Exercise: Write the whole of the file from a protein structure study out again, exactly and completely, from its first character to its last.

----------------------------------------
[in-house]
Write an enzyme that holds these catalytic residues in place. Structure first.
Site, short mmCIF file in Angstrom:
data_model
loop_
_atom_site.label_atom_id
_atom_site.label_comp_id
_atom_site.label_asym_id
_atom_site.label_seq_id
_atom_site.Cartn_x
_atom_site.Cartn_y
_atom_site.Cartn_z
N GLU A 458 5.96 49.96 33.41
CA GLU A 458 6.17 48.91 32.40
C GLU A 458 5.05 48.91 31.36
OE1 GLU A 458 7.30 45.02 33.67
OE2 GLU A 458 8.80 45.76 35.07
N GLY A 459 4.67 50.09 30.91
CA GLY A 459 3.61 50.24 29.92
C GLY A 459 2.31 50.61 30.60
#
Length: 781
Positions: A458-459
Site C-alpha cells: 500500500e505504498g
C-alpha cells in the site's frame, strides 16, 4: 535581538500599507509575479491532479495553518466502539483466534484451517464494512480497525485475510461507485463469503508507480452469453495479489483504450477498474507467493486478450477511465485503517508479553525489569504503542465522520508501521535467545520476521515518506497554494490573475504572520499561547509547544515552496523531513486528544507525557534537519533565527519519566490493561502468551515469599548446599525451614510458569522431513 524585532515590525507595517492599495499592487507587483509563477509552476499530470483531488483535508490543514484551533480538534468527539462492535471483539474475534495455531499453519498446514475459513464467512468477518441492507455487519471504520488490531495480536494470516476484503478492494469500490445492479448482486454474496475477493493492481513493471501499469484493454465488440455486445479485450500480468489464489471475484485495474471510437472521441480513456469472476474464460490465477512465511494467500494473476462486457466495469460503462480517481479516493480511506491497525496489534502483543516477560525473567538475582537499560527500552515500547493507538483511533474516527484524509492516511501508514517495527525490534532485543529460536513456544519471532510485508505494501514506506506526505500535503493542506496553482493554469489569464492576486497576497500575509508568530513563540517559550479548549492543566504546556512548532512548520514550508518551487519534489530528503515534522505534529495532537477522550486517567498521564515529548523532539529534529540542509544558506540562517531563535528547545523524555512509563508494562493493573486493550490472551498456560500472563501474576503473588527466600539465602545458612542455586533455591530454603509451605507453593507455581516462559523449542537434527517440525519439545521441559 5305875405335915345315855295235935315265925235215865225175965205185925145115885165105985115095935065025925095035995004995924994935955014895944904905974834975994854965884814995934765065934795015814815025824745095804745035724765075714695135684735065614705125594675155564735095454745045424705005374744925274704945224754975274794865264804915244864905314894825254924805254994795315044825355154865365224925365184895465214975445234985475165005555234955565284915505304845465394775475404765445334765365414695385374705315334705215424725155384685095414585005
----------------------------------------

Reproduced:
[in-house]
Write an enzyme that holds these catalytic residues in place. Structure first.
Site, short mmCIF file in Angstrom:
data_model
loop_
_atom_site.label_atom_id
_atom_site.label_comp_id
_atom_site.label_asym_id
_atom_site.label_seq_id
_atom_site.Cartn_x
_atom_site.Cartn_y
_atom_site.Cartn_z
N GLU A 458 5.96 49.96 33.41
CA GLU A 458 6.17 48.91 32.40
C GLU A 458 5.05 48.91 31.36
OE1 GLU A 458 7.30 45.02 33.67
OE2 GLU A 458 8.80 45.76 35.07
N GLY A 459 4.67 50.09 30.91
CA GLY A 459 3.61 50.24 29.92
C GLY A 459 2.31 50.61 30.60
#
Length: 781
Positions: A458-459
Site C-alpha cells: 500500500e505504498g
C-alpha cells in the site's frame, strides 16, 4: 535581538500599507509575479491532479495553518466502539483466534484451517464494512480497525485475510461507485463469503508507480452469453495479489483504450477498474507467493486478450477511465485503517508479553525489569504503542465522520508501521535467545520476521515518506497554494490573475504572520499561547509547544515552496523531513486528544507525557534537519533565527519519566490493561502468551515469599548446599525451614510458569522431513 524585532515590525507595517492599495499592487507587483509563477509552476499530470483531488483535508490543514484551533480538534468527539462492535471483539474475534495455531499453519498446514475459513464467512468477518441492507455487519471504520488490531495480536494470516476484503478492494469500490445492479448482486454474496475477493493492481513493471501499469484493454465488440455486445479485450500480468489464489471475484485495474471510437472521441480513456469472476474464460490465477512465511494467500494473476462486457466495469460503462480517481479516493480511506491497525496489534502483543516477560525473567538475582537499560527500552515500547493507538483511533474516527484524509492516511501508514517495527525490534532485543529460536513456544519471532510485508505494501514506506506526505500535503493542506496553482493554469489569464492576486497576497500575509508568530513563540517559550479548549492543566504546556512548532512548520514550508518551487519534489530528503515534522505534529495532537477522550486517567498521564515529548523532539529534529540542509544558506540562517531563535528547545523524555512509563508494562493493573486493550490472551498456560500472563501474576503473588527466600539465602545458612542455586533455591530454603509451605507453593507455581516462559523449542537434527517440525519439545521441559 5305875405335915345315855295235935315265925235215865225175965205185925145115885165105985115095935065025925095035995004995924994935955014895944904905974834975994854965884814995934765065934795015814815025824745095804745035724765075714695135684735065614705125594675155564735095454745045424705005374744925274704945224754975274794865264804915244864905314894825254924805254994795315044825355154865365224925365184895465214975445234985475165005555234955565284915505304845465394775475404765445334765365414695385374705315334705215424725155384685095414585005